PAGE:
After the slightly dragging and confounding three-issued storyline Scorpion Tango set in Argentina, I can finally go back to enjoying the Batman Incorporated series as the dynamic and thrilling visual adventure that it is. This issue was definitely the most action-packed and cinematic yet, and was once again magnificently illustrated by Chris Burnham. There are also more vital information and backstory revealed in this issue which has finally helped me in finding a more stable emotional investment with the scope of its story which is getting more complicated (yet more fascinating as well) by each issue.
First of all, the cinematic style of the panels and sequences present in this story managed to capture my attention readily and there was not a moment that I ever disengaged from what was before me from the very beginning to the last. That is an impressive feat that needs to be acknowledged. In the last three months, I reviewed a great deal of issues for three New 52 Batman titles and all of them have been amazing, but Grant Morrison's Batman Incorporated has an unmatched tonality when it comes to the delivery of its plot and action scenes. I don't think a Batman story could be written with such spirited narrative while still being lighthearted and insightful in all the right places. This isn't one of those dark and brooding stories that I've come to expect from my Batman material. This one is something that could even become a summer blockbuster superhero film with heart and guts. Sure, I was slightly disheartened when I arrived at a standstill in previous issues #3 and #4, but that seemed like a distant memory now, given the adrenaline and excitement that this issue had brought out from me.
There are so many things going on here but none of them will confuse you for long. The trick is to stay focused (which, if you'r me, will prove to be the easiest task in the world, seeing as how completely engrossed I was the entire time) and fully aware of the new characters who will make their appearance here and there (both heroes and villains). The pacing is just superb, enabling readers to gasp for breath with the suspense but also take a huge gulp of it in between. As for the story, I wouldn't say this has any kind of emotional resonance that I latched into (that belonged to the issue that came after this) but the thrill of the chase and the discovery page after page definitely deserved the high rating that I'm giving this issue with.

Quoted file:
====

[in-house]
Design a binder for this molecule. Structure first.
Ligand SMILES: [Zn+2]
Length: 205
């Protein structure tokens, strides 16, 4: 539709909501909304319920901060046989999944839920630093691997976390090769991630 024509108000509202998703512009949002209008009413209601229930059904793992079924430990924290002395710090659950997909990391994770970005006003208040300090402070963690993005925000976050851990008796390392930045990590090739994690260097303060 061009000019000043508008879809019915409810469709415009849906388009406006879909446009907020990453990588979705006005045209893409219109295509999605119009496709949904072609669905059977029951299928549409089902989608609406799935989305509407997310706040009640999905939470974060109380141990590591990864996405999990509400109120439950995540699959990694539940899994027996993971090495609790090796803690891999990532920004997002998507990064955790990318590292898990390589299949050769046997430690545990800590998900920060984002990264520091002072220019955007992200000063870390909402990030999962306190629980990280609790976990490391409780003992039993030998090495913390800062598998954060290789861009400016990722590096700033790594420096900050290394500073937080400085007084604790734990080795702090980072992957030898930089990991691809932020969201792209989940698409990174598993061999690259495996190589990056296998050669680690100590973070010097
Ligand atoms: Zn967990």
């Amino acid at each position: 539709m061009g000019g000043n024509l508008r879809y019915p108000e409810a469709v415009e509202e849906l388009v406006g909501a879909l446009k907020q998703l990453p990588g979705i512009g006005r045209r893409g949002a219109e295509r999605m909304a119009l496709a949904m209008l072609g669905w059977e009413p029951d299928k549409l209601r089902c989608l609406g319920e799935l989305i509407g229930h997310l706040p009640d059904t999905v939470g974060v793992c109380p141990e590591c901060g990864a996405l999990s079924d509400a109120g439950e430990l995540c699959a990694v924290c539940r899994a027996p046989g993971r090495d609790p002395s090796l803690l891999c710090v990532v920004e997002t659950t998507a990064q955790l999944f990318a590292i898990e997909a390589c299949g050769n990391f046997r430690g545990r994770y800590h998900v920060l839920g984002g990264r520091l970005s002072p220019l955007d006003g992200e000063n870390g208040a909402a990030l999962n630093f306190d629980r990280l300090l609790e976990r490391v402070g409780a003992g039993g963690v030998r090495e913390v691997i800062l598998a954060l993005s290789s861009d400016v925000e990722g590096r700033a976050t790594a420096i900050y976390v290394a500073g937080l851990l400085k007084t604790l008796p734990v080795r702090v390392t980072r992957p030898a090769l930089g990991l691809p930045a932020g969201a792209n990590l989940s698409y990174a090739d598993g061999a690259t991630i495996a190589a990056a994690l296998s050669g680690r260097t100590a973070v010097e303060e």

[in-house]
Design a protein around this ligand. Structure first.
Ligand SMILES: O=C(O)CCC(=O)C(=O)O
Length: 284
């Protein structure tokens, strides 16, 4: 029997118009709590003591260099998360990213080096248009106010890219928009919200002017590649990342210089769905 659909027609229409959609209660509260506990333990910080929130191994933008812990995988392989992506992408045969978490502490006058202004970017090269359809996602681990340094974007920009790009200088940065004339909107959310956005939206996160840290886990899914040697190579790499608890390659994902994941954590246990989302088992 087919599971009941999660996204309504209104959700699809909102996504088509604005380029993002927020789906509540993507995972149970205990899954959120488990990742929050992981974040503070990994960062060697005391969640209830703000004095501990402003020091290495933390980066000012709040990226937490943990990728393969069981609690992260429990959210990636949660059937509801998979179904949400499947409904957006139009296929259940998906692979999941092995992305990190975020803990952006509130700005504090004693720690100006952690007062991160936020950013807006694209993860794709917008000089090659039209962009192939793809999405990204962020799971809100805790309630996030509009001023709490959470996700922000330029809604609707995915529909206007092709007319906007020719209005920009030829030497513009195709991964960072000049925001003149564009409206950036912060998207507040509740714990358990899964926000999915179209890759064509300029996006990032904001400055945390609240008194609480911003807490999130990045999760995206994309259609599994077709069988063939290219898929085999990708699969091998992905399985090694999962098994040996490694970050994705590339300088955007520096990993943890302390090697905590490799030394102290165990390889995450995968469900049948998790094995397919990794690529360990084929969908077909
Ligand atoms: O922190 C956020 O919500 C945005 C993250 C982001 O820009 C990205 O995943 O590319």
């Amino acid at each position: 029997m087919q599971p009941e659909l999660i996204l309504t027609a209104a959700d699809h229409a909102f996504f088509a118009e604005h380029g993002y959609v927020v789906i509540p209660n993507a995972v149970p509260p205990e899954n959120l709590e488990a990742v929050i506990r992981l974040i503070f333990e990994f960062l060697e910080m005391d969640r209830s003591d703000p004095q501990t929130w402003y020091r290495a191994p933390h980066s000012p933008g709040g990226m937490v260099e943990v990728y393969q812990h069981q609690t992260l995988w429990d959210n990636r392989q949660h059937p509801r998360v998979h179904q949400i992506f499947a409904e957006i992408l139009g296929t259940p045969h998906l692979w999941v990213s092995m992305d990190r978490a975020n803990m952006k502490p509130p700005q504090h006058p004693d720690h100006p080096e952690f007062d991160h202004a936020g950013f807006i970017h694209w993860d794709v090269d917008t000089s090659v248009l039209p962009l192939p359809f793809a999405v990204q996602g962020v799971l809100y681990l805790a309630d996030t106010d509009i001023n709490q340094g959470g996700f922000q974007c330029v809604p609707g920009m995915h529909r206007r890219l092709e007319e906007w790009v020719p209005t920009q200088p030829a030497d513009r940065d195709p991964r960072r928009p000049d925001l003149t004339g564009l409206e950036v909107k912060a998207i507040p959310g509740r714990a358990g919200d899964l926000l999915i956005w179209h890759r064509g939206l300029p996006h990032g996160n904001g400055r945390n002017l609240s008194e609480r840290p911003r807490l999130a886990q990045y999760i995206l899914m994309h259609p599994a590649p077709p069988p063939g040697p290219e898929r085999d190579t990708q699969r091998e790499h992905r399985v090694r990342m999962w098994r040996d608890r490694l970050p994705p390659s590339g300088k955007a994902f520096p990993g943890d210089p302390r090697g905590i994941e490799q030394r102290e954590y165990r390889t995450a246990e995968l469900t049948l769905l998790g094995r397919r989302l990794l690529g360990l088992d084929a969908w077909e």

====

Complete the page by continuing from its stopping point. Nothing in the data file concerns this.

I wouldn't discuss the story in detail anymore but I will say this: I think Grant Morrison knows how to utilize his premise (what if Batman decides to recruit vigilantes globally) and turn it over in its own hemisphere faster and more energized than any of us would expect. You can certainly feel that Morrison is playing the long game; his Bruce Wayne has a crusade that doesn't exclusively belong to Gotham City anymore. After the events in the Final Crisis where he witnessed a bleak future, Bruce is determined to do whatever it takes to stop that from taking shape while it's still early, and the first sign of a formidable threat known only as a collective mysterious organization known as the Leviathan has surely shown that the world needs Batman more than ever--and he's going to require an army behind him to take the fight to the evil monstrosity spreading across countries.